Risk Management management, the greater the benefit to your organisation. We
all manage risk on a daily basis in an intuitive manner; however
Risk management is defined as coordinated activities to direct
specific training will provide additional skills leading to
or control an organisation with regard to risk. It enables an
enhanced risk management.
organisation to ensure that risk remains at an acceptable level
through a consistent and proactive framework. Document your procedures:
Proactively identifying, assessing and controlling risk is the Record risk procedures and their development. Regularly
purpose of an SMS. However, this cannot occur entirely at an review and revise.
intuitive level. While managing risk is an everyday activity for
experienced professionals, there also needs to be more formal
Train your staff:
Identify decision makers and other appropriate staff and
levels of risk management.
provide them with qualifications related to risk management
Appoint a dedicated person: via training appropriate to their roles. There are different levels
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Assign a safety coordinator or manager to be responsible for of risk management, from dealing with operational risks to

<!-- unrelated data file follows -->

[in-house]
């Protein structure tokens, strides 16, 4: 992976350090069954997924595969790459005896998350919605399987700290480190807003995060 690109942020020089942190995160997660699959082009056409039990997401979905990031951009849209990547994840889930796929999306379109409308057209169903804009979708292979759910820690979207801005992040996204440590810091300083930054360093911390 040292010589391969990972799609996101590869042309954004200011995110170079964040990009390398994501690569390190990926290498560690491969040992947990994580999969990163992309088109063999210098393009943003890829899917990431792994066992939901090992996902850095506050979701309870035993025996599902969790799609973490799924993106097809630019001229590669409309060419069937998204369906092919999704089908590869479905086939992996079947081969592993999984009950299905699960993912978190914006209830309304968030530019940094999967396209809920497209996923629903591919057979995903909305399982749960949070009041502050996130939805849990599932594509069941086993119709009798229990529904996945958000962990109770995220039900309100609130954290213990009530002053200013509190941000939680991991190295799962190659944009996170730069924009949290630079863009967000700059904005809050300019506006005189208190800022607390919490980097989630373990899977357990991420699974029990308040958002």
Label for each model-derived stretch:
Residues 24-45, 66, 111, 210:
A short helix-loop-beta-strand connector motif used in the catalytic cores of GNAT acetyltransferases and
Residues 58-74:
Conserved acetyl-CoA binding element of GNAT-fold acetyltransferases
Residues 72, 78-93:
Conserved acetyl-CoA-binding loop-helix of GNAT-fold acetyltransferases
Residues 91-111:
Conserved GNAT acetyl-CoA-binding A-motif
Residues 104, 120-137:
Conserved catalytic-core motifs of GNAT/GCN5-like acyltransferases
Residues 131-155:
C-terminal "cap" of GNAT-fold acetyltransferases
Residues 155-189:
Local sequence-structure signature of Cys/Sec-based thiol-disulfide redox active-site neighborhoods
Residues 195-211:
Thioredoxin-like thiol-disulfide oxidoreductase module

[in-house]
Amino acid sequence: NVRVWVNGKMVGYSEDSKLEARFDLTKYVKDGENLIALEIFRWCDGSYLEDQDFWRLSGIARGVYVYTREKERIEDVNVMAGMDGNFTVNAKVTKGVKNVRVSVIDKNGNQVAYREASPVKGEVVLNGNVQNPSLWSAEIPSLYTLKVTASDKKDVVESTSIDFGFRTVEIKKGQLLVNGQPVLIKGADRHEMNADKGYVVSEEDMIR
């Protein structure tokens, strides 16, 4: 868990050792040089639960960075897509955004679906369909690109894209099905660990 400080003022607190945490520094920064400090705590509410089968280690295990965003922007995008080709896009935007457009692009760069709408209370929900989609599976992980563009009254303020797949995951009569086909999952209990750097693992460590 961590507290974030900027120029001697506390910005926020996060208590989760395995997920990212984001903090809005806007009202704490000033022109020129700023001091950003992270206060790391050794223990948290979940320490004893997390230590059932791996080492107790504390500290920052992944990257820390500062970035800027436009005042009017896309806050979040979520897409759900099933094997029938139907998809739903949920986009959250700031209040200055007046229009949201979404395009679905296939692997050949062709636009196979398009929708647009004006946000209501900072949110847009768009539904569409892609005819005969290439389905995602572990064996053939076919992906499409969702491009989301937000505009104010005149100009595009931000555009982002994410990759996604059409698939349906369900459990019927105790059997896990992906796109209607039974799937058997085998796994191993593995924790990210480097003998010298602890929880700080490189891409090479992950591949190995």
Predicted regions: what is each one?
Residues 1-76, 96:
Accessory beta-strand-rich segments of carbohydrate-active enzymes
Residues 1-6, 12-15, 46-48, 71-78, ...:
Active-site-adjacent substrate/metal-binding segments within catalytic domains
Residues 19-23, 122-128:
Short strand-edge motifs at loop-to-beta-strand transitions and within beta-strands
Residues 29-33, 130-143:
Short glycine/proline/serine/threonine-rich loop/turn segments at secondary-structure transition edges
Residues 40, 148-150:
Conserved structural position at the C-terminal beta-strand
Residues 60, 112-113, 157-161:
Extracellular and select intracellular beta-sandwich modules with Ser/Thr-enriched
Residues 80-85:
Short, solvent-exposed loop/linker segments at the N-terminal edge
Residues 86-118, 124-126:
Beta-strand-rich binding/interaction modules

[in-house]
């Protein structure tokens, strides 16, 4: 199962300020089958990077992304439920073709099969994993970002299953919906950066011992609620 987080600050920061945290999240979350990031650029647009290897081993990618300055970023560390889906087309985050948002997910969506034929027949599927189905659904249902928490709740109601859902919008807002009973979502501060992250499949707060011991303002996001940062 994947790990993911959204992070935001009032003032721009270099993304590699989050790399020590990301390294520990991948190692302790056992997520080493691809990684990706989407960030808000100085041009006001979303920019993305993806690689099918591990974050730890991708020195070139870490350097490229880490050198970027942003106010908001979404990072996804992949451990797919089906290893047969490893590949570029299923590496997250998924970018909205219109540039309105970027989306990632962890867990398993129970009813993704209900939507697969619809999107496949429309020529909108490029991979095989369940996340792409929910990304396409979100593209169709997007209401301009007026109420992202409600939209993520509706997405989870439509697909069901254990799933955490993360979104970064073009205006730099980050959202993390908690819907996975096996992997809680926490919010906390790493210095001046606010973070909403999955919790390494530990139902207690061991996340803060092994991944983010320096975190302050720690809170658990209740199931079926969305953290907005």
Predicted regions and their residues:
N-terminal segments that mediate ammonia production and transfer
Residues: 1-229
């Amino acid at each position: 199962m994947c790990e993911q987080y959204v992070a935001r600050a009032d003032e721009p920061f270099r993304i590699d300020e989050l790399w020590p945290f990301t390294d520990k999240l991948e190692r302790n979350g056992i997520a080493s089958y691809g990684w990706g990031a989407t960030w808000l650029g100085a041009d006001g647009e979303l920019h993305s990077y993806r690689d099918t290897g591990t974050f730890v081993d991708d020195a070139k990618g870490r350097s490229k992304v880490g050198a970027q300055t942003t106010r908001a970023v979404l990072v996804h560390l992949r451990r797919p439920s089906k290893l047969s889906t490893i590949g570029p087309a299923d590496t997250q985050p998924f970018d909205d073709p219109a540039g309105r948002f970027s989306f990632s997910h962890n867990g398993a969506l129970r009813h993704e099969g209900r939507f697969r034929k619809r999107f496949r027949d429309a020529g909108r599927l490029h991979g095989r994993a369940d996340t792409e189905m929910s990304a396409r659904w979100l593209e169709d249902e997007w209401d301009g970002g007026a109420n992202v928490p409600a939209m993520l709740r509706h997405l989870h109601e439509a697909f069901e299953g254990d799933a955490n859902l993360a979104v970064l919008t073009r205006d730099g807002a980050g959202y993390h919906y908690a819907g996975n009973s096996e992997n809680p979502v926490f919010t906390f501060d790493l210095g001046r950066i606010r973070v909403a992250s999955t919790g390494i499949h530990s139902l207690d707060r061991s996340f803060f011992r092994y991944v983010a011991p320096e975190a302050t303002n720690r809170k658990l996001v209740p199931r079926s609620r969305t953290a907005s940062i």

risk-management processes. managing changes to the overall organisation or at a strategic
level. Risk management that is regularly used across these
Document your current and emerging risks: levels, if well documented, equates to best practice.
Maintain a register of risks and their assessment, controls or
treatments. Update this register frequently as other risks are ip
SMS: An Introduction

identified. Risks exist in your daily environment (at home and Pt There is an invaluable international standard for risk
management called ISO 31000:2009 Risk Management
at work). They are real but do not always result in catastrophic
Principles and guidelines. It is the basis for best-practice
accidents. Many of the risks you identify as an everyday part of
risk management processes and can easily be tailored to
your business activities will involve a low level of consequence, smaller organisations.
but addressing them can benefit the organisation immensely.
Element 6 Investigate:
Safety Investigation Follow the steps for an effective safety investigation:
Data collection: Gather evidence